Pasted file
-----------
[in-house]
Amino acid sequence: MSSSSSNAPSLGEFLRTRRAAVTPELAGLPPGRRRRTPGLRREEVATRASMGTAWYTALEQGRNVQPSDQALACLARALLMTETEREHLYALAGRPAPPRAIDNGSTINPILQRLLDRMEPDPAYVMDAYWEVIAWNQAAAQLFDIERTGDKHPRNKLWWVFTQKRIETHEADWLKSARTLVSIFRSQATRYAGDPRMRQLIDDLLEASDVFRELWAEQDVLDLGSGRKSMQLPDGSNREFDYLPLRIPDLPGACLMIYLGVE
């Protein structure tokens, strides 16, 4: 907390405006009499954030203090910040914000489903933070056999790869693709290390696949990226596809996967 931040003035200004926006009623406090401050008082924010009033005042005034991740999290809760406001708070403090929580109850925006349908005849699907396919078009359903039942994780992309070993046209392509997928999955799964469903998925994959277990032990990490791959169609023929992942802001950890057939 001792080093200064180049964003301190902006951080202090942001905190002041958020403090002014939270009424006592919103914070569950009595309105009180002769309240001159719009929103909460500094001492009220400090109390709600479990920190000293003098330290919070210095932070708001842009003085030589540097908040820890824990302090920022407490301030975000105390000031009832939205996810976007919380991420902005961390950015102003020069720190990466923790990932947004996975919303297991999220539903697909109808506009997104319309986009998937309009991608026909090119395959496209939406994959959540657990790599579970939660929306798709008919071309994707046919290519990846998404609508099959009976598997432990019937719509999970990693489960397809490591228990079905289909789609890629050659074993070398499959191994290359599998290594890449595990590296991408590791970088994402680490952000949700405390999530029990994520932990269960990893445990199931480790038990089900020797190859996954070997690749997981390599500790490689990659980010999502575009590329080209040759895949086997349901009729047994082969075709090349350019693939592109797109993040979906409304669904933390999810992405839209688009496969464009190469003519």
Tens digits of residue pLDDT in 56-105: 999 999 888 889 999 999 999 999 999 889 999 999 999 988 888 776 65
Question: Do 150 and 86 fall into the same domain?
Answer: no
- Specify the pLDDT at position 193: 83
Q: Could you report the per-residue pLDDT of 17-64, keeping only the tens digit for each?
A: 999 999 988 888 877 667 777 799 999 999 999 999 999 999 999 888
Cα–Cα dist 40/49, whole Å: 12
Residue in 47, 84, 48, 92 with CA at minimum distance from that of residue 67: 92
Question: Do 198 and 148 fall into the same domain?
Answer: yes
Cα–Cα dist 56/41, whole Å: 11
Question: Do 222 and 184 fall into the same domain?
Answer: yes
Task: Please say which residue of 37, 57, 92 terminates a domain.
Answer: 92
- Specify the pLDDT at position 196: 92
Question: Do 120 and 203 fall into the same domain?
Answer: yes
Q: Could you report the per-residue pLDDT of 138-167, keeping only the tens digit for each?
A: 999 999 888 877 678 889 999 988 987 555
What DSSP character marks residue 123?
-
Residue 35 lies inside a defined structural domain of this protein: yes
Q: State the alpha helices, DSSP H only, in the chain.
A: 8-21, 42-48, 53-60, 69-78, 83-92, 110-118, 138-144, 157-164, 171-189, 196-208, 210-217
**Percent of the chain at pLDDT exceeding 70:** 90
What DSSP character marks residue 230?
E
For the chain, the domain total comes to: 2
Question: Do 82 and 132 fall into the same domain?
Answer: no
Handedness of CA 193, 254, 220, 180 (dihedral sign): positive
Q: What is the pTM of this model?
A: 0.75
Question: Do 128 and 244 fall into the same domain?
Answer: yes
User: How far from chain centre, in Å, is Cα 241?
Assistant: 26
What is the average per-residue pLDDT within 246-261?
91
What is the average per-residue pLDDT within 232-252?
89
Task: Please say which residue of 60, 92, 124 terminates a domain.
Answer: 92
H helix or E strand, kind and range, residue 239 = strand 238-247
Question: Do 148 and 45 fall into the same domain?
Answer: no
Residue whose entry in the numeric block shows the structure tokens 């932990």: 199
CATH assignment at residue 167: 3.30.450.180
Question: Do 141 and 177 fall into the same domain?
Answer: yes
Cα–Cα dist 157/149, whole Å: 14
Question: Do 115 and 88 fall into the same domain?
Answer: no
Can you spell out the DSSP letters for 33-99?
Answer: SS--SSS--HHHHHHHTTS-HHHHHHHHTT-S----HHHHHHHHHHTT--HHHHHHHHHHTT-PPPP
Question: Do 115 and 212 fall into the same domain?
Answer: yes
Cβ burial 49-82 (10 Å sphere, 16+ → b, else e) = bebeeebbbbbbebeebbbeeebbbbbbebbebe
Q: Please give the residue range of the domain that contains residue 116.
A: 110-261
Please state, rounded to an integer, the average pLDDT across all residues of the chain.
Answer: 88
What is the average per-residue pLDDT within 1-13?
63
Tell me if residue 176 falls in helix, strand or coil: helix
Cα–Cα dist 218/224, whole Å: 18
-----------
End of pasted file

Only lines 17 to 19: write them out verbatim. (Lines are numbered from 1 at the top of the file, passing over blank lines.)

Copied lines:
Task: Please say which residue of 37, 57, 92 terminates a domain.
Answer: 92
- Specify the pLDDT at position 196: 92